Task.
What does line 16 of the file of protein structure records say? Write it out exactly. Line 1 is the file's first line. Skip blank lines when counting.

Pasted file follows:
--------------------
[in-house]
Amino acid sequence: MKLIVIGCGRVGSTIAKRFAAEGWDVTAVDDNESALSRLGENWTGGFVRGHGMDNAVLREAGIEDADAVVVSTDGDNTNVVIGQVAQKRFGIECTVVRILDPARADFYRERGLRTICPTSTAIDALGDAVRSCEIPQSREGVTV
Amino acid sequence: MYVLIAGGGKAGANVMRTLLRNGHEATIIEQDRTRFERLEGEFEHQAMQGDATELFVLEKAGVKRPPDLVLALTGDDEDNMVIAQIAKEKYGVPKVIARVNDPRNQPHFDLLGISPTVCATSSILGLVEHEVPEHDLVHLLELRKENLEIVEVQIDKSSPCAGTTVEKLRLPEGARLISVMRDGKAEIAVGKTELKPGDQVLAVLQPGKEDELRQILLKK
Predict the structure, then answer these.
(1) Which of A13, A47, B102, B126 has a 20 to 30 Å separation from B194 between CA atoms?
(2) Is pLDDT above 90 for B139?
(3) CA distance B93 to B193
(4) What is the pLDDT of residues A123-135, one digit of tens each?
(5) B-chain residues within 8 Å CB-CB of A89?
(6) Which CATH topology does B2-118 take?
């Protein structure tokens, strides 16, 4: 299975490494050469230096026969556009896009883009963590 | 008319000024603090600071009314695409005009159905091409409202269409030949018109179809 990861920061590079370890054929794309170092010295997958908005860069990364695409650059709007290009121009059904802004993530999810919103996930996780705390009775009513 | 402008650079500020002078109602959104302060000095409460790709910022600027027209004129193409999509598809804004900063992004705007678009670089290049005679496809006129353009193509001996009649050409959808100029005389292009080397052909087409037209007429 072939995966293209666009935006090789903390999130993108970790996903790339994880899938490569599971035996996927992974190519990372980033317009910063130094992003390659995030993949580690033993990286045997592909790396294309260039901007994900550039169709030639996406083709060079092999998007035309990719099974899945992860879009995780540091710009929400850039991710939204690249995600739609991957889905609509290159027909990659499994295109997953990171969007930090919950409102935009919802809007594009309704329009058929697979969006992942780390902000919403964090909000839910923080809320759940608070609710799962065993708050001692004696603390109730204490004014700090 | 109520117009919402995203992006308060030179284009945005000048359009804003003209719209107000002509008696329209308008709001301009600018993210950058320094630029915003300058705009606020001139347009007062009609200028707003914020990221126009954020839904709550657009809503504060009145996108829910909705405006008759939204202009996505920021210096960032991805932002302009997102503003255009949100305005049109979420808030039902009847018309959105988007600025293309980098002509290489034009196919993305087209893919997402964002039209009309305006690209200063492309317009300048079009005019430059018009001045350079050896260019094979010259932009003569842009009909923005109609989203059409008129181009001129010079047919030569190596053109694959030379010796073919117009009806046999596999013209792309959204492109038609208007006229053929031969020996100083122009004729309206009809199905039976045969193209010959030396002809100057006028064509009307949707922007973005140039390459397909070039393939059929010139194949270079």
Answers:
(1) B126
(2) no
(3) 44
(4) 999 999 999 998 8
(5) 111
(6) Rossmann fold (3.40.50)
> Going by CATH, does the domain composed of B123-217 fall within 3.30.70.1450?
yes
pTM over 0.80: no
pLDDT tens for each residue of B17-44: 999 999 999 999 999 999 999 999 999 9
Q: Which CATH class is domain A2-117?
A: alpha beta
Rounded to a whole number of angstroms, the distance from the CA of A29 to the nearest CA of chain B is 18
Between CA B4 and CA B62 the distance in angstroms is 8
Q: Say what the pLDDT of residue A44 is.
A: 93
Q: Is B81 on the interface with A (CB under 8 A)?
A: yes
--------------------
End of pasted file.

(4) 999 999 999 998 8